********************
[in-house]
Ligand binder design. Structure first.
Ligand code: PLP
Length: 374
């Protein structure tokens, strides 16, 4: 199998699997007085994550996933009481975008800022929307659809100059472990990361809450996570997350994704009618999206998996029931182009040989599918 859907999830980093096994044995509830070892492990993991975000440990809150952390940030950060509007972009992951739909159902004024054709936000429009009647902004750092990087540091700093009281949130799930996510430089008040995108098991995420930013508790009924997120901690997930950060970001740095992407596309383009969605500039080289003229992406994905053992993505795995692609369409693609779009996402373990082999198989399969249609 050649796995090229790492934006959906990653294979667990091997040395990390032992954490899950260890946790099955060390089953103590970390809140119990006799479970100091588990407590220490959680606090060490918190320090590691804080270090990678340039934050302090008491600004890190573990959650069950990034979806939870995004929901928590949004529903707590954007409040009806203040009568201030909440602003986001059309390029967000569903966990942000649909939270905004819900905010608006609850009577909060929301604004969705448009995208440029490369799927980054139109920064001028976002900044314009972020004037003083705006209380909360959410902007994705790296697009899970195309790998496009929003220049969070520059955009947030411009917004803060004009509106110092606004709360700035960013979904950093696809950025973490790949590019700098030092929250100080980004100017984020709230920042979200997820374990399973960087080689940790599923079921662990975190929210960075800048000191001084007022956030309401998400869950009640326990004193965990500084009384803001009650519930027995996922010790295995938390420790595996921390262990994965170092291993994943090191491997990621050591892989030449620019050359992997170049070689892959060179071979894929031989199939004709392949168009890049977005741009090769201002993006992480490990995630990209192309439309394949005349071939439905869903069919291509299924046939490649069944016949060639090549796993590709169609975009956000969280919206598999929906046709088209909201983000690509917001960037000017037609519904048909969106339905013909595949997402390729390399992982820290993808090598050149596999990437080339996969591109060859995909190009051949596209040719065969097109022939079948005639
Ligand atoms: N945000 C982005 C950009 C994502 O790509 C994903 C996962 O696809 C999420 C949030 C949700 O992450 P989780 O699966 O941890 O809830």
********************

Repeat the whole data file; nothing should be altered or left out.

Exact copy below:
[in-house]
Ligand binder design. Structure first.
Ligand code: PLP
Length: 374
């Protein structure tokens, strides 16, 4: 199998699997007085994550996933009481975008800022929307659809100059472990990361809450996570997350994704009618999206998996029931182009040989599918 859907999830980093096994044995509830070892492990993991975000440990809150952390940030950060509007972009992951739909159902004024054709936000429009009647902004750092990087540091700093009281949130799930996510430089008040995108098991995420930013508790009924997120901690997930950060970001740095992407596309383009969605500039080289003229992406994905053992993505795995692609369409693609779009996402373990082999198989399969249609 050649796995090229790492934006959906990653294979667990091997040395990390032992954490899950260890946790099955060390089953103590970390809140119990006799479970100091588990407590220490959680606090060490918190320090590691804080270090990678340039934050302090008491600004890190573990959650069950990034979806939870995004929901928590949004529903707590954007409040009806203040009568201030909440602003986001059309390029967000569903966990942000649909939270905004819900905010608006609850009577909060929301604004969705448009995208440029490369799927980054139109920064001028976002900044314009972020004037003083705006209380909360959410902007994705790296697009899970195309790998496009929003220049969070520059955009947030411009917004803060004009509106110092606004709360700035960013979904950093696809950025973490790949590019700098030092929250100080980004100017984020709230920042979200997820374990399973960087080689940790599923079921662990975190929210960075800048000191001084007022956030309401998400869950009640326990004193965990500084009384803001009650519930027995996922010790295995938390420790595996921390262990994965170092291993994943090191491997990621050591892989030449620019050359992997170049070689892959060179071979894929031989199939004709392949168009890049977005741009090769201002993006992480490990995630990209192309439309394949005349071939439905869903069919291509299924046939490649069944016949060639090549796993590709169609975009956000969280919206598999929906046709088209909201983000690509917001960037000017037609519904048909969106339905013909595949997402390729390399992982820290993808090598050149596999990437080339996969591109060859995909190009051949596209040719065969097109022939079948005639
Ligand atoms: N945000 C982005 C950009 C994502 O790509 C994903 C996962 O696809 C999420 C949030 C949700 O992450 P989780 O699966 O941890 O809830």